The Minnesota Legislature convened on Tuesday, January 5, 2021, to begin what is expected to be a five-month session. Dave Renner, CAE, our legislative rep, shares a recap of these first weeks and reviews the MAFP’s legislative priorities for 2021.
Session Begins with a Heavy Heart
Legislative session began with a heavy heart for many when we learned of the death of long-time Minnesota Medical Association (MMA) lobbyist Eric Dick.
Senator Matt Klein, MD (DFL-Mendota Heights), said, “Eric Dick was a model of advocacy with integrity at the State Capitol. He was good at what he did, because he believed in the power of good government to ensure ethical and accessible health care for all. He was unfailingly kind, hopeful, informed and professional. The physicians of the MMA were well represented, but more importantly, so were their patients.”
We will all miss Eric, his guidance, love of good policy and welcoming personality.
New Legislators & Committee Overviews
There are 21 new members of the House of Representatives and 10 new members of the Senate. While the elections did not change the leadership of either body—Democrats leading the House and Republicans leading the Senate—there are new committees and new committee members.
As with the start of every new legislature, the first two weeks have mostly been filled with overview hearings. Both bodies have started with virtual-only meetings, with buildings closed to the public and all hearings over Zoom.
Most hearings are designed to outline key issues that the committees will be dealing with. For the health care committees that means presentations from the Department of Human Services on the Medical Assistance program, the MinnesotaCare program, and funding for nursing homes, assisted living facilities and disability programs; presentations from the Minnesota Department of Health on COVID-19, vaccine distribution and other public health programs; and presentations from the Department of Commerce on how we regulate health insurance companies.
With the roll out of the COVID-19 vaccine, many committees have focused on vaccine distribution. Commissioner of Health Jan Malcolm and Director of Infectious Disease Prevention Kris Ehresmann, RN, MPH, have presented on how the Minnesota Department of Health is receiving and distributing the COVID-19 vaccine. Because of the limited supply of vaccines, many questions are being raised over how best to get the vaccine to the highest priority populations in the quickest manner.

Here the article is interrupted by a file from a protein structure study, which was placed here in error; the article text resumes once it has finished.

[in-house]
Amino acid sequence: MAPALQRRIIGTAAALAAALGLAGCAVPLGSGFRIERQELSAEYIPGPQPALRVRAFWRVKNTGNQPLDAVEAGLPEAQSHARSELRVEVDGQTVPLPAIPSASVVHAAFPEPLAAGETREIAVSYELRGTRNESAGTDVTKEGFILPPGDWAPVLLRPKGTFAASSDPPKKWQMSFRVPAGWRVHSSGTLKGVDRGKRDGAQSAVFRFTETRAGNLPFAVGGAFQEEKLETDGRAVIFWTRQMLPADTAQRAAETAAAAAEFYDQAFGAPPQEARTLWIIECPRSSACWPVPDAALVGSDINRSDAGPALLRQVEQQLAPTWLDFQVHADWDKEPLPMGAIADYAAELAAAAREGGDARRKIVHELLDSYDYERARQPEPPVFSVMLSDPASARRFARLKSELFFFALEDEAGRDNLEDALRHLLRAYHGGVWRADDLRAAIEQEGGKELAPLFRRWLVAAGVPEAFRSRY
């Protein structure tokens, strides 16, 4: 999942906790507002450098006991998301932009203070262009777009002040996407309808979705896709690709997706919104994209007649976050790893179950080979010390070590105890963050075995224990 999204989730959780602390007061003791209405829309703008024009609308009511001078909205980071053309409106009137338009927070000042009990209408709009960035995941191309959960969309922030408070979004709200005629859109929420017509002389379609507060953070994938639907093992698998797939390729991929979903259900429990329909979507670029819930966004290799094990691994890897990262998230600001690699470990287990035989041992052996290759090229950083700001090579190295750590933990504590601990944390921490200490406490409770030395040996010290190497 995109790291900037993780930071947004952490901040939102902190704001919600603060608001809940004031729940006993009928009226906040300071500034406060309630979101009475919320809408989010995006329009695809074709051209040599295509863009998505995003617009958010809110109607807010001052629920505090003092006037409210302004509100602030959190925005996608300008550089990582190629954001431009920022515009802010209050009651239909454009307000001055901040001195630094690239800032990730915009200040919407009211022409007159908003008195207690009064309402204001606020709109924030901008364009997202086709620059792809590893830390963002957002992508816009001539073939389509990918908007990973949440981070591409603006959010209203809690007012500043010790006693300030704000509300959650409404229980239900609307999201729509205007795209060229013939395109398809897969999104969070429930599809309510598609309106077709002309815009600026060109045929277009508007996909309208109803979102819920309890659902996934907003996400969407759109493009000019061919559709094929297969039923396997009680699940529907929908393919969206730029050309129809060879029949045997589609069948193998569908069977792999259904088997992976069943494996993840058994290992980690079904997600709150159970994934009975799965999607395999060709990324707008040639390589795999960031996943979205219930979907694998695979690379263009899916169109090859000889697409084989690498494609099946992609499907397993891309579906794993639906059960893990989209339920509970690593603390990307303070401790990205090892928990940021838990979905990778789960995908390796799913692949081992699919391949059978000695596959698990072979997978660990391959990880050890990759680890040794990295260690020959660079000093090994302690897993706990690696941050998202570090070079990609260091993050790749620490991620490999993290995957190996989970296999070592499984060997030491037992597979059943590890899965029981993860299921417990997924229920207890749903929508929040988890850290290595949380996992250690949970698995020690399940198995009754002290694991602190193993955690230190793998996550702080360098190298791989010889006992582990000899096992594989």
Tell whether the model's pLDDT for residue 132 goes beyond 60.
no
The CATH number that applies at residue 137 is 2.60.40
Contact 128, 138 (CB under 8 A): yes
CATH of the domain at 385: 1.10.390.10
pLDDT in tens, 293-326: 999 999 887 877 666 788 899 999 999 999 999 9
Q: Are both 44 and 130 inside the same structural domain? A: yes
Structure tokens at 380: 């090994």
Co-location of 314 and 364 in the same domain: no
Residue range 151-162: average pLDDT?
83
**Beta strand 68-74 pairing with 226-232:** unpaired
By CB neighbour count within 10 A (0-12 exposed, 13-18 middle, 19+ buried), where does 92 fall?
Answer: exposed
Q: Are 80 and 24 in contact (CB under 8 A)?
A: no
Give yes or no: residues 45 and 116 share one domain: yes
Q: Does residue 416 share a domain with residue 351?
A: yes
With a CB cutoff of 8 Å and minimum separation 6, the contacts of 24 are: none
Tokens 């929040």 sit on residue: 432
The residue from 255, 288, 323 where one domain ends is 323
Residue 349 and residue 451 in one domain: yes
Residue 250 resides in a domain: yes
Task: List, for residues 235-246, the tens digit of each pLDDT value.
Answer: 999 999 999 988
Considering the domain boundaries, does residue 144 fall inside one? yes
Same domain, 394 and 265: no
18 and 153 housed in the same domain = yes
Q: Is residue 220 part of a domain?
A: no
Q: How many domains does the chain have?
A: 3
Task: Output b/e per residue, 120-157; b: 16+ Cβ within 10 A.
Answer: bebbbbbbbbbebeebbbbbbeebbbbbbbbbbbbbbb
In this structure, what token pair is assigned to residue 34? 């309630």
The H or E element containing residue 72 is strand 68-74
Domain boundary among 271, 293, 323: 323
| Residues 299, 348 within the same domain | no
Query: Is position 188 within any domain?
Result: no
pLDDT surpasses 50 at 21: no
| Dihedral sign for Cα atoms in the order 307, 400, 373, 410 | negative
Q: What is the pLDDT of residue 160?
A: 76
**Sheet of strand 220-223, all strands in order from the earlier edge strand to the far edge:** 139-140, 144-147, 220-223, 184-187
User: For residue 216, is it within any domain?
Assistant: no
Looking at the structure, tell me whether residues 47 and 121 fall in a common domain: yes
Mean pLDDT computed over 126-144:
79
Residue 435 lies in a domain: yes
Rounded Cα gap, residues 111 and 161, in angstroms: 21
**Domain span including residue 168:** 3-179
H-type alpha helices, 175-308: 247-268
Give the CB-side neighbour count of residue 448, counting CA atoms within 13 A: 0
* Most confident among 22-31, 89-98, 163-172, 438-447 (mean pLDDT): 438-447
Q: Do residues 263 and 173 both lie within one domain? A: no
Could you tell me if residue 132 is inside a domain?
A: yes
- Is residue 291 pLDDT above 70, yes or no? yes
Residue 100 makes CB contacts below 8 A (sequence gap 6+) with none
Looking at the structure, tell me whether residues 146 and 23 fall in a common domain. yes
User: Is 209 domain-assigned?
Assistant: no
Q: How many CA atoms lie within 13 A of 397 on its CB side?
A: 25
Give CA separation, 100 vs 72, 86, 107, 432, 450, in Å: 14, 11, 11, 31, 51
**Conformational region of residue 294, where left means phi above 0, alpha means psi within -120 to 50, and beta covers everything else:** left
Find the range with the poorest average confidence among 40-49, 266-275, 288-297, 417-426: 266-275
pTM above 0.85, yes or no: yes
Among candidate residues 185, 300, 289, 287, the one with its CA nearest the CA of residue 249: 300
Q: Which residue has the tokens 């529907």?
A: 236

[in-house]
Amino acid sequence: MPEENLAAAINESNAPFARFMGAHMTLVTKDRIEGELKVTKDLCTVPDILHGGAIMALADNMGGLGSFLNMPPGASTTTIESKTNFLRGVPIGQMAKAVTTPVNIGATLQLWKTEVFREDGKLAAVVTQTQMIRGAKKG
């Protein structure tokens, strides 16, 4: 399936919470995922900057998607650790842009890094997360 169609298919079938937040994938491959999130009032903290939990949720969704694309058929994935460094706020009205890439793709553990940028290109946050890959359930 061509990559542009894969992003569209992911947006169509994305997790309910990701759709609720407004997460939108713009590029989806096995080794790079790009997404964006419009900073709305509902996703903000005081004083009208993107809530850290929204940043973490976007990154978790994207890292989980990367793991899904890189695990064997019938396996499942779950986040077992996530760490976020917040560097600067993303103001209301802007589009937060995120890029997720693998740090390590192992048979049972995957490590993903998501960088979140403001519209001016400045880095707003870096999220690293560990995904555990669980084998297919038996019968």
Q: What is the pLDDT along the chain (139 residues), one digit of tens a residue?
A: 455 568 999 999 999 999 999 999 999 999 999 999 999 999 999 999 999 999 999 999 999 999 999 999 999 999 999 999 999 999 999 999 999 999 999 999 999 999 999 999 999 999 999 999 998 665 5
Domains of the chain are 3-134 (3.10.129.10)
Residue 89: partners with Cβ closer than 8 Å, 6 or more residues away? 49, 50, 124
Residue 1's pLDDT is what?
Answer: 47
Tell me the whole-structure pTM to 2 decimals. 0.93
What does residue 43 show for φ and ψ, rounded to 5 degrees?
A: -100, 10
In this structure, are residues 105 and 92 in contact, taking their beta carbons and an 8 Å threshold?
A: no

Physicians in the House & Senate
The Minnesota Legislature has two fewer physicians in 2021, with the retirements of MAFP members Alice Mann, MD, MPH (DFL – Lakeville), from the House, and Scott Jensen, MD (R – Chaska), from the Senate.
Representative Kelly Morrison, MD (DFL – Deephaven), an OB/GYN, is still serving in the House, and Senator Matt Klein, MD (DFL – Sunfish Lake), an internal medicine hospitalist, in still serving in the Senate.
MAFP Legislative Committee: Focus for 2021
The MAFP Legislative Committee, co-chaired by Pat Fontaine, MD, MS, and Jamie Conniff, MD, MPH, has developed priorities for the 2021 session. It is an aggressive agenda designed to focus on the needs of patients and helping Minnesota family physicians meet those needs.
Specific priorities for 2021 include:
- Working to transition our health care payment systems away from fee-for-service to models that reward health, prevention and management of chronic conditions.
- Investing in primary care to ensure continuous, comprehensive care for patients.
- Continuing the expanded coverage for telehealth and telephone services.
- Decoupling health coverage from employment.
- Addressing primary care workforce shortages through investment in more loan forgiveness programs.
- Ensuring on-going coverage for needed medications by limiting insurers ability to change drug formularies during the patient’s contract year.
In addition, the MAFP will remain vigilant in ensuring access to reproductive health care, in preventing gun violence through common sense gun safety measures, working to ban conversion therapy and actively working to dismantle structural racism that affects patient’s health.